In the circumstances, I am satisfied that the release of the records would not benefit the individuals to whom the information relates and I find that section 37(5)(b) does not apply. On the matter of whether section 37(5)(a) applies, I must consider whether the public interest in granting the request outweighs, on balance, the public interest in protecting the privacy rights of the individuals to whom the information relates.
The FOI Act acknowledges that there is a public interest in ensuring the openness and accountability of public bodies in the manner in which they perform their functions. On the other hand, the Act also recognises the public interest in the protection of the right to privacy, both in the language of section 37 and in the Long Title to the Act, which makes it clear that the release of records under FOI must be consistent with the right to privacy. It is also worth noting that the right to privacy has a constitutional dimension, as one of the unenumerated personal rights under the Constitution. Privacy rights will therefore be set aside only where the public interest served by granting the request (and breaching those rights) is sufficiently strong to outweigh the public interest in protecting privacy.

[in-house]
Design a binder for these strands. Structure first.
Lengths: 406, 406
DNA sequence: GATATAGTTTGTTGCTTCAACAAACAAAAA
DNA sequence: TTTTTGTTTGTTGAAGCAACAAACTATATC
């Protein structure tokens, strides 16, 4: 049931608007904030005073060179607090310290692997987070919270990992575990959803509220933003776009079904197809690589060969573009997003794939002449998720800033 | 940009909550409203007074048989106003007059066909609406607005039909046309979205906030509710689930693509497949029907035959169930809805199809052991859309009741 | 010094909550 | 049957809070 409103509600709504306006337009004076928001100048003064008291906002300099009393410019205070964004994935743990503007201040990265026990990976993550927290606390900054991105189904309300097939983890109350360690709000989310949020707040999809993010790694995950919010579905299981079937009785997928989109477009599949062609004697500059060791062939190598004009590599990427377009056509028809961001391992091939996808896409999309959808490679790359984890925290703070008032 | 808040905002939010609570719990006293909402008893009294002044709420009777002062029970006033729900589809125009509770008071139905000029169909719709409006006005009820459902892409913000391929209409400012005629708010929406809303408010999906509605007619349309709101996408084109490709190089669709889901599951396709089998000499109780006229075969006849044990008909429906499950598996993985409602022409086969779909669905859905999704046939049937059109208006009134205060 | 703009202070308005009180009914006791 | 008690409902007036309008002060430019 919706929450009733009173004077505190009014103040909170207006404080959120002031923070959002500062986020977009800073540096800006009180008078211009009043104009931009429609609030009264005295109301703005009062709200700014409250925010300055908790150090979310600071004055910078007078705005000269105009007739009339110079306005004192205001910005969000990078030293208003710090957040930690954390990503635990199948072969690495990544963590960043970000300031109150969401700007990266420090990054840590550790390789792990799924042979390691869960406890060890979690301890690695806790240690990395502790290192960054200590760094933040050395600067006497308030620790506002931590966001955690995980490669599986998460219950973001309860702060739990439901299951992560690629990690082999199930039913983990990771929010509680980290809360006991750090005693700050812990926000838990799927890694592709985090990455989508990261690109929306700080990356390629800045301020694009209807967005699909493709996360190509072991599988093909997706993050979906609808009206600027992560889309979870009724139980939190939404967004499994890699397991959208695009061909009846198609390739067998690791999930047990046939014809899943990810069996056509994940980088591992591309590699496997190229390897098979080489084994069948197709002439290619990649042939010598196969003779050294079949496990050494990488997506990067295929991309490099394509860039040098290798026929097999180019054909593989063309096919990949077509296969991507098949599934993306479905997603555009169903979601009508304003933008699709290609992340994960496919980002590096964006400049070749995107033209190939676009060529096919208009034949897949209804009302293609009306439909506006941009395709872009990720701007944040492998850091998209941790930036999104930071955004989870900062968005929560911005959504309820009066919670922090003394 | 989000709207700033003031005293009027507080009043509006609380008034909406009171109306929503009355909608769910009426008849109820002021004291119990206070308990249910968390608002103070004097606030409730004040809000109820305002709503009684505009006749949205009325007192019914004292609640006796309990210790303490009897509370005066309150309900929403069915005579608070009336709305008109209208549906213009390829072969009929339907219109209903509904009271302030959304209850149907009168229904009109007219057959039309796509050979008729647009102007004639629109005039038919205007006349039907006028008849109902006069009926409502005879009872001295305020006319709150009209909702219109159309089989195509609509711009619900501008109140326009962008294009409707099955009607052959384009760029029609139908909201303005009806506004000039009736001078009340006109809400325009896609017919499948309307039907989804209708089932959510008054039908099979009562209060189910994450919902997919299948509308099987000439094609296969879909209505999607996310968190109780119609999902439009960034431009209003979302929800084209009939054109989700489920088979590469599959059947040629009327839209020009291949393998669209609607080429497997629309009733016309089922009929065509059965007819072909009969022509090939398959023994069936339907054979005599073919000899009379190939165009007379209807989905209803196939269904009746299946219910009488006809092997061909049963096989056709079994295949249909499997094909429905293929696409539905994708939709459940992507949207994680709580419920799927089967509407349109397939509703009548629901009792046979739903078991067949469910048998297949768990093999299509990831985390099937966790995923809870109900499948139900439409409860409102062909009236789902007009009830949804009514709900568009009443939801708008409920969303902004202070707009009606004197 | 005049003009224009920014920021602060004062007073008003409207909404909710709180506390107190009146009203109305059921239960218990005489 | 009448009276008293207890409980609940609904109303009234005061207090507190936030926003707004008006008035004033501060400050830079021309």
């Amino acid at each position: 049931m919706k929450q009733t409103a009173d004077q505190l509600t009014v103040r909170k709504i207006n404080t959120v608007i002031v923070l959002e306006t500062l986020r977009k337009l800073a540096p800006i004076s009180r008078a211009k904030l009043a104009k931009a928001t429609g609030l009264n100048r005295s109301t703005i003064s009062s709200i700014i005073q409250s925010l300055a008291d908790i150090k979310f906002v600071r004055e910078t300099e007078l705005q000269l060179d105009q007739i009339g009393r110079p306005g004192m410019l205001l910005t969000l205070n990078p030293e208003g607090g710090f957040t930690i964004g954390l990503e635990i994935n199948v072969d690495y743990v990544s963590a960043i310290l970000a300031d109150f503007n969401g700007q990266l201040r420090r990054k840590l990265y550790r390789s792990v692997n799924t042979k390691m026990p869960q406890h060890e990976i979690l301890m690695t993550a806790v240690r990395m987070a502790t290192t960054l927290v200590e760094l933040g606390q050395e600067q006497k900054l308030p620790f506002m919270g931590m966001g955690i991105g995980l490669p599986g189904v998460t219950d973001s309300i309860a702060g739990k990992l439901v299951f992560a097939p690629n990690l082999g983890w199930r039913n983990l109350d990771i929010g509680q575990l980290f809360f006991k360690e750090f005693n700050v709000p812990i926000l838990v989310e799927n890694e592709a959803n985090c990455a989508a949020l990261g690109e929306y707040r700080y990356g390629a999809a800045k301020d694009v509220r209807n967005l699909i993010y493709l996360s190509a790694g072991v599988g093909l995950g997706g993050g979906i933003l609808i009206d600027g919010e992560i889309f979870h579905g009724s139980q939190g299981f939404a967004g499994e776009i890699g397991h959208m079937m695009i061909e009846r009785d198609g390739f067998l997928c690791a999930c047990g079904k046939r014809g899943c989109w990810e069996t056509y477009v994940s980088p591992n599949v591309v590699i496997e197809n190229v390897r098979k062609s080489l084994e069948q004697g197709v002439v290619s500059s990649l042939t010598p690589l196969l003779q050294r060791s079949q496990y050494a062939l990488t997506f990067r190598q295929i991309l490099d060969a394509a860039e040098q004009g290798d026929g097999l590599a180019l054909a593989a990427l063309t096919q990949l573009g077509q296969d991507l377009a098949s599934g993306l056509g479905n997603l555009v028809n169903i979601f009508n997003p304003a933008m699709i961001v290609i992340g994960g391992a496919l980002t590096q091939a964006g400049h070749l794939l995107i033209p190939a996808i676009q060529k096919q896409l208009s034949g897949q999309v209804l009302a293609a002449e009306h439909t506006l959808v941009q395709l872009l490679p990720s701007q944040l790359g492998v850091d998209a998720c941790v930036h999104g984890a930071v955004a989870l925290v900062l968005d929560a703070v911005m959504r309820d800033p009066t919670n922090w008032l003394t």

Having considered the matter carefully, in my view, the public interest in release of the withheld information in this instance does not outweigh the public interest in protecting the privacy rights of the individual (s) to whom the information relates. I find, therefore, that section 37 (5)(a) does not apply.